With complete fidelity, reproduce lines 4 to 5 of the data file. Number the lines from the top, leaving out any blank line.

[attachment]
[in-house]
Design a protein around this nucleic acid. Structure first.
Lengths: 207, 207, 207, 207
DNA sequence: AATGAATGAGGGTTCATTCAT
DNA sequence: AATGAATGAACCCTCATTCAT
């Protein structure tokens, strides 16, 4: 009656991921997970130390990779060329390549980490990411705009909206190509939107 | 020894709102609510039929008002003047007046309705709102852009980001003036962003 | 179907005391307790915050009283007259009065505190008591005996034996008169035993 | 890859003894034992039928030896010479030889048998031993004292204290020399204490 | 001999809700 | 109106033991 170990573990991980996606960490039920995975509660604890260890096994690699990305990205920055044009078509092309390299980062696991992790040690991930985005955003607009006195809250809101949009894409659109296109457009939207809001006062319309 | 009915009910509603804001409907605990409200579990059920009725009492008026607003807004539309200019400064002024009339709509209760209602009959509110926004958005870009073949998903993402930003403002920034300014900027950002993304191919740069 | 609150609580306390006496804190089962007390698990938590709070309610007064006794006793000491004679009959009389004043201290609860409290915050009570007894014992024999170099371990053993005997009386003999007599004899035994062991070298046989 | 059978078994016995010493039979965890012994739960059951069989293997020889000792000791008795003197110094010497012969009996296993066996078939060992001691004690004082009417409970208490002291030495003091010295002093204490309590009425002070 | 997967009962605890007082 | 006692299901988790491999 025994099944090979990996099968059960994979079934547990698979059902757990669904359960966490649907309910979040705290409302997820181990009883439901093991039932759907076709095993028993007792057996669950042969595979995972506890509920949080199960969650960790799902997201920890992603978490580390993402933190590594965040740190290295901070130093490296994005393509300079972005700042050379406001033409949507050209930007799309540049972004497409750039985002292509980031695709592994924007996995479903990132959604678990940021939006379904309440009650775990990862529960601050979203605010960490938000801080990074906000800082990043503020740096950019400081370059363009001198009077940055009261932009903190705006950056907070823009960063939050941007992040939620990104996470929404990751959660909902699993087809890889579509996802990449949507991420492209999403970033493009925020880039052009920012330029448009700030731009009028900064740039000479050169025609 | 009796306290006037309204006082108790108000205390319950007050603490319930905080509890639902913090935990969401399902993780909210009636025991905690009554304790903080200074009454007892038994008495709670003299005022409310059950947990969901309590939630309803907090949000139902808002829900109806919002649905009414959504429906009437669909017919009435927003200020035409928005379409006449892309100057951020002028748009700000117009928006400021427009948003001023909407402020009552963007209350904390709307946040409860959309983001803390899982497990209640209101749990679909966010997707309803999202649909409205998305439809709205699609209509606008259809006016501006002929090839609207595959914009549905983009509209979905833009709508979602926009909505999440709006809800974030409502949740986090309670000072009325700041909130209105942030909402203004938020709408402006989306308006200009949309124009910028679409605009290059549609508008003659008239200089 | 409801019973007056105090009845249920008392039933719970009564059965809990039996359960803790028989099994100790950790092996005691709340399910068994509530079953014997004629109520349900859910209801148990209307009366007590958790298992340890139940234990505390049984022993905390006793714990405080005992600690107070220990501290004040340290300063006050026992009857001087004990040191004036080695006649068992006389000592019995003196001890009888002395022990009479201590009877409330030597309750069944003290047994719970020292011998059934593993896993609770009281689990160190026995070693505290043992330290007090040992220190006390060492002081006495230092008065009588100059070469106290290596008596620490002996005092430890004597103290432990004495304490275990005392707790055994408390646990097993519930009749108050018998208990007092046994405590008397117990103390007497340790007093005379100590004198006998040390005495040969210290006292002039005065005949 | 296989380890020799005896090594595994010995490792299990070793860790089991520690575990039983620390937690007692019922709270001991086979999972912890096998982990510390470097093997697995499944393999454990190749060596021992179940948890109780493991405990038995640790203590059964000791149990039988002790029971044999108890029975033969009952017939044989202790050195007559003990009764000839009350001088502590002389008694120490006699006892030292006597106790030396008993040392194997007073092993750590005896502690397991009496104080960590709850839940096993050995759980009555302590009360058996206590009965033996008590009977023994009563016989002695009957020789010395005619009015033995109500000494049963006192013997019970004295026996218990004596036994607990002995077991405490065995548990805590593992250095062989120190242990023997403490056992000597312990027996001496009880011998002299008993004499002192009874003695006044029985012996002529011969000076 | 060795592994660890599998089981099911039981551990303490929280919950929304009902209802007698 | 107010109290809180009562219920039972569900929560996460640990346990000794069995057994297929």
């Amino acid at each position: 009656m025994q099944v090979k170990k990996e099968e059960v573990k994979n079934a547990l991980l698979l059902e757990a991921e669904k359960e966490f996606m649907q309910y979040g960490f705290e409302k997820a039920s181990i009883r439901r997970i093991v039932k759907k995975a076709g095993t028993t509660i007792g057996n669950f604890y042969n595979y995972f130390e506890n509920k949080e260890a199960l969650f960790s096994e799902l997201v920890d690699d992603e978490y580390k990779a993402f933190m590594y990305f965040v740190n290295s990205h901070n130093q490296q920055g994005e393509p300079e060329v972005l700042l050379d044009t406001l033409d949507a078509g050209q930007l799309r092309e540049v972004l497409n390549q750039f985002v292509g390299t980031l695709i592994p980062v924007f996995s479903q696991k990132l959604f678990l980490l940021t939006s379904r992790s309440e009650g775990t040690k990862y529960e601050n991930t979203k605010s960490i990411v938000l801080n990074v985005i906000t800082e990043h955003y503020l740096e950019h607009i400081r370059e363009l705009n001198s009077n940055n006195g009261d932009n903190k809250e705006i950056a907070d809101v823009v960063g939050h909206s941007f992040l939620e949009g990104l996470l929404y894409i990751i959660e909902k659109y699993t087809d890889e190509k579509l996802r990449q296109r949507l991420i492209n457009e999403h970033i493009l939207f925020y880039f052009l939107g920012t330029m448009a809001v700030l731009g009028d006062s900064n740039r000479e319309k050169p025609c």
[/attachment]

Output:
DNA sequence: AATGAATGAGGGTTCATTCAT
DNA sequence: AATGAATGAACCCTCATTCAT